These are spasms that cause a dog to quickly pull air in through his nose (the opposite of a sneeze). A Maltese may have a random reverse sneeze or episodes lasting anywhere from one minute to ten.
Signs: An episode of reverse sneezing can be startling to see and hear. With each quick pull of air into the nose there will be a loud snorting noise. Many dogs will fully extend their necks with each rapid inhalation.
Causes: The exact cause of these are unknown; however, it is very common with canines. For some dogs, episodes can be triggered by inhaling certain elements including rug cleaner, colognes, cleaning products, etc.
Since reverse sneezing can be confused with coughing, signs of collapsed trachea, or other breathing issues, it is recommended to video your Maltese during one of these breathing attacks to document the event and to show the recording to the veterinarian.
If it is indeed a case of reverse sneezing, usually it does not require medical intervention. However, if episodes occur frequently and/or are prolonged, anti-inflammatories, antihistamines and/or decongestants may be prescribed.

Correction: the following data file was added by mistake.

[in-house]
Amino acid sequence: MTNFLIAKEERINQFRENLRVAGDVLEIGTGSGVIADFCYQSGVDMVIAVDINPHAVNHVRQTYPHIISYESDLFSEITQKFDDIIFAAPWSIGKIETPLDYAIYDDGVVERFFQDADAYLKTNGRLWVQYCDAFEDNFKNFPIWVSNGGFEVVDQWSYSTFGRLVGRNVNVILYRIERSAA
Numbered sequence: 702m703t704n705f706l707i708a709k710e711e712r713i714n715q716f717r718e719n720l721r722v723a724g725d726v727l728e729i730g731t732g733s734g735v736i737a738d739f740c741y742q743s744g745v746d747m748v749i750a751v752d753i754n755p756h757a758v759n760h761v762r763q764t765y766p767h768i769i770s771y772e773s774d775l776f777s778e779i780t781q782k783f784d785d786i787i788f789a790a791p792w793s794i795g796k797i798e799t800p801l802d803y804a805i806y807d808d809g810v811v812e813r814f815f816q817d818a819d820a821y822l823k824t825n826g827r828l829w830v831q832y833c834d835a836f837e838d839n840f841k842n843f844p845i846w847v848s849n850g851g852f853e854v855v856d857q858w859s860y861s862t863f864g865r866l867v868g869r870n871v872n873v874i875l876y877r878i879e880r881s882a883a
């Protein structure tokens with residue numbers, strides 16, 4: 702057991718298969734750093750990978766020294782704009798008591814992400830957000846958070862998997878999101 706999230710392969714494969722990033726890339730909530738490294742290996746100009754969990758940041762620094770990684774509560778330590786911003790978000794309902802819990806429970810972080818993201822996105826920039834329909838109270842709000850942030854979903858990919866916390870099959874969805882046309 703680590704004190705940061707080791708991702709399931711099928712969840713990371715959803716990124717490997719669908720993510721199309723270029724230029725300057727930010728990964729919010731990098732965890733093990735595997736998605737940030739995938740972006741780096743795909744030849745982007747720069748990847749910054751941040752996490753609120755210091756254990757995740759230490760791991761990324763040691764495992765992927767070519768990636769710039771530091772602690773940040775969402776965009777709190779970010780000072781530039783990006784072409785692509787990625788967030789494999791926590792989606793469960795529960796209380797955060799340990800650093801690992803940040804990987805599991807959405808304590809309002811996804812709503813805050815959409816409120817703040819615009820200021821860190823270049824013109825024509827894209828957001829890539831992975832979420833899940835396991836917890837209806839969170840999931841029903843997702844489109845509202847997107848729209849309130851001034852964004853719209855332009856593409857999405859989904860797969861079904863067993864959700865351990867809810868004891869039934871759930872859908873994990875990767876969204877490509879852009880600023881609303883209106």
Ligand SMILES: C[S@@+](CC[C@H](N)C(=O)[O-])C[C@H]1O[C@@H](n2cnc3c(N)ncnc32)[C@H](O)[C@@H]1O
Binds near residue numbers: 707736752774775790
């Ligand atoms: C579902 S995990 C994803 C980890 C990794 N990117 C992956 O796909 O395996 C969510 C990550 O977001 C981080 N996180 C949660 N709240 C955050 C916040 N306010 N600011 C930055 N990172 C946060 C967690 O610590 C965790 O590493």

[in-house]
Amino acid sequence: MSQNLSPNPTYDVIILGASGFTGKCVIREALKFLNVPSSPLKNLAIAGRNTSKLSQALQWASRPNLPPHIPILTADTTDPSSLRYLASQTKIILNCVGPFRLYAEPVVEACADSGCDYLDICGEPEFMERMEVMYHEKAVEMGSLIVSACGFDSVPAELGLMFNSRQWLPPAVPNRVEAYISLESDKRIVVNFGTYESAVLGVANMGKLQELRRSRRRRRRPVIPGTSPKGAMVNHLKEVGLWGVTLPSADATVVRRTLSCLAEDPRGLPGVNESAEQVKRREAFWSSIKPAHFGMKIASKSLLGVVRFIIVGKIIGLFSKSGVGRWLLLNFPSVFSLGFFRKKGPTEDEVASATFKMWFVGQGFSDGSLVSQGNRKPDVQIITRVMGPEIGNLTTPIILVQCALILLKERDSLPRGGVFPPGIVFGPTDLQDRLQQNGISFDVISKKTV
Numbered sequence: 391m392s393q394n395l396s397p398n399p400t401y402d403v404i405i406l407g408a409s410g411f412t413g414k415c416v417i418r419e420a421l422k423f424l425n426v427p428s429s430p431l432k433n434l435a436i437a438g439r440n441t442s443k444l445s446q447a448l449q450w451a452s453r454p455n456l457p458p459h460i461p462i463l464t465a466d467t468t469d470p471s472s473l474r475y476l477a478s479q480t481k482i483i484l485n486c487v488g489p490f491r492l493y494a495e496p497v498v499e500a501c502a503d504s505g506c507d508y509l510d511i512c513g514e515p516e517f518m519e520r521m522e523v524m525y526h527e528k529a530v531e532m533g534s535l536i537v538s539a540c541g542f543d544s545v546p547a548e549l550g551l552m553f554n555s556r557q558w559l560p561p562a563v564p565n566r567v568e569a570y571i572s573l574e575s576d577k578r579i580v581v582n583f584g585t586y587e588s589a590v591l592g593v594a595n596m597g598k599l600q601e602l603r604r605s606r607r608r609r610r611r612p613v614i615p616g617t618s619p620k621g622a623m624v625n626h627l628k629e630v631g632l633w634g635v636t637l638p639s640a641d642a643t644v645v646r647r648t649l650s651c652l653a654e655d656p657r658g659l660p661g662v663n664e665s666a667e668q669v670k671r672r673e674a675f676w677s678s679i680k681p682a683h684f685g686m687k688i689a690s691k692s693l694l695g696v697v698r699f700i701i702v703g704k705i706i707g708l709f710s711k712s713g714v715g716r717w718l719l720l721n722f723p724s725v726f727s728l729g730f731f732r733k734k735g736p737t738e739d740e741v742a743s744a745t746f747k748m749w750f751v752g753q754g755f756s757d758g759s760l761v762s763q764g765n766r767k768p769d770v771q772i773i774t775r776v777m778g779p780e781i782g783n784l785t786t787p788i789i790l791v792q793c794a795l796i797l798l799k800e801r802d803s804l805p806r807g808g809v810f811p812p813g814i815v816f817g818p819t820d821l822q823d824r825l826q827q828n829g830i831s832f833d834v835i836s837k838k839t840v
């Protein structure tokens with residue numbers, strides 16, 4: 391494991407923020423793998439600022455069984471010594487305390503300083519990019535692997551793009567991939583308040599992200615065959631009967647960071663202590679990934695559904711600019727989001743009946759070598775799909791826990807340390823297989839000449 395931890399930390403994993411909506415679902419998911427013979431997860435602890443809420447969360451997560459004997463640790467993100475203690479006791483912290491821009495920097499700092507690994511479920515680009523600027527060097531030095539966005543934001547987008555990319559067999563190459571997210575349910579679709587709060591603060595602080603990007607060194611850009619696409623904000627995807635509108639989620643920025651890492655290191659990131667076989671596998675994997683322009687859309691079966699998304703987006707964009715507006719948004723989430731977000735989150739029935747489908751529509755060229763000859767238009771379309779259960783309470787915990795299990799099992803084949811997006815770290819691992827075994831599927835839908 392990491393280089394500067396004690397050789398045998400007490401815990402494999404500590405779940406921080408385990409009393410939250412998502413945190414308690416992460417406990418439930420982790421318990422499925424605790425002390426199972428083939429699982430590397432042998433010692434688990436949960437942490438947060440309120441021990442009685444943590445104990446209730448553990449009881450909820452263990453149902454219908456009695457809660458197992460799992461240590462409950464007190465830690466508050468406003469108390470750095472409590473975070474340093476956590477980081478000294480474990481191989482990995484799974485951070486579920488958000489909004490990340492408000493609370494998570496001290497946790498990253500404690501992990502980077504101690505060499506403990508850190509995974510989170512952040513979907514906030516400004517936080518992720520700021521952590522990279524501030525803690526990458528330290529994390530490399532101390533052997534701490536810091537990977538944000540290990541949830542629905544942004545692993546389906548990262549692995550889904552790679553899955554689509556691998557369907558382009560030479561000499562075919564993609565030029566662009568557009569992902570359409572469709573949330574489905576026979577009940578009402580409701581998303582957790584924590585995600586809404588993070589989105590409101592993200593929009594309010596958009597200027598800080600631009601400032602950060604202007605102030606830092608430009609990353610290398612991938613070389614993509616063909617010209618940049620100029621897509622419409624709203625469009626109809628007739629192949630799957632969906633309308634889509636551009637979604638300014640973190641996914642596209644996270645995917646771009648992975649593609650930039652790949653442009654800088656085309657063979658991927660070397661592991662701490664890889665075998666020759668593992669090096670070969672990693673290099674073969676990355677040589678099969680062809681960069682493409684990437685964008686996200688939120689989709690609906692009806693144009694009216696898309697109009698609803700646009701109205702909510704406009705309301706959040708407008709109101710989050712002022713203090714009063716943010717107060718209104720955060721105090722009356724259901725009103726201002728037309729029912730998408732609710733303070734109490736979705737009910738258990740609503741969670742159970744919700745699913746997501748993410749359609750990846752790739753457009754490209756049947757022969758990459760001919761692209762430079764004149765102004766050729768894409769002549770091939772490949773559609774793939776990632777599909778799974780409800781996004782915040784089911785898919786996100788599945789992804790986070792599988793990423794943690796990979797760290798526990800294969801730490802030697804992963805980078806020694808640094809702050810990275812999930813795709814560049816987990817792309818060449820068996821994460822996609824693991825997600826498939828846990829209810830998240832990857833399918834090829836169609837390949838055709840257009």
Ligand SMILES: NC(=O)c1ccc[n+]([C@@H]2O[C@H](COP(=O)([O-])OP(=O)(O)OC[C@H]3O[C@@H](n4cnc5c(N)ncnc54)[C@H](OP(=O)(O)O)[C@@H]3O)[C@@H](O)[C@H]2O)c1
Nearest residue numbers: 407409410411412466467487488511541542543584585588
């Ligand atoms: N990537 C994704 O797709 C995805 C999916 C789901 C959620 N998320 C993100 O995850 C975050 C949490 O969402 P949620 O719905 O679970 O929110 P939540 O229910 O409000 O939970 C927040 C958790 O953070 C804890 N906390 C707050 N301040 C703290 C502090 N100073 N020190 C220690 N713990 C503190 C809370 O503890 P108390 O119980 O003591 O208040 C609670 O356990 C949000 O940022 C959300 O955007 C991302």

What you can do during an episode:
If your Maltese is having a problem with reverse sneezing, there are some things that you can do to try and stop them. These all involve doing something to interrupt the spasms (a similar approach to stopping hiccups).
Gently cup your hand over your Maltese's mouth, allowing room for breathing. Since excess carbon dioxide is expelled during reverse sneezing, this can help as it causes a dog to breath more back in, restoring it to proper levels.
Place a small dab of all-natural smooth peanut butter to the tip of your dog's nose. When he licks it off, the act of extending his tongue can be enough of an interruption to make the spasms cease.
Gently massage the front of his throat with long downward strokes. This can help surrounding muscles relax.
Offer a small treat. Chewing and swallowing can sometimes be enough to make them stop.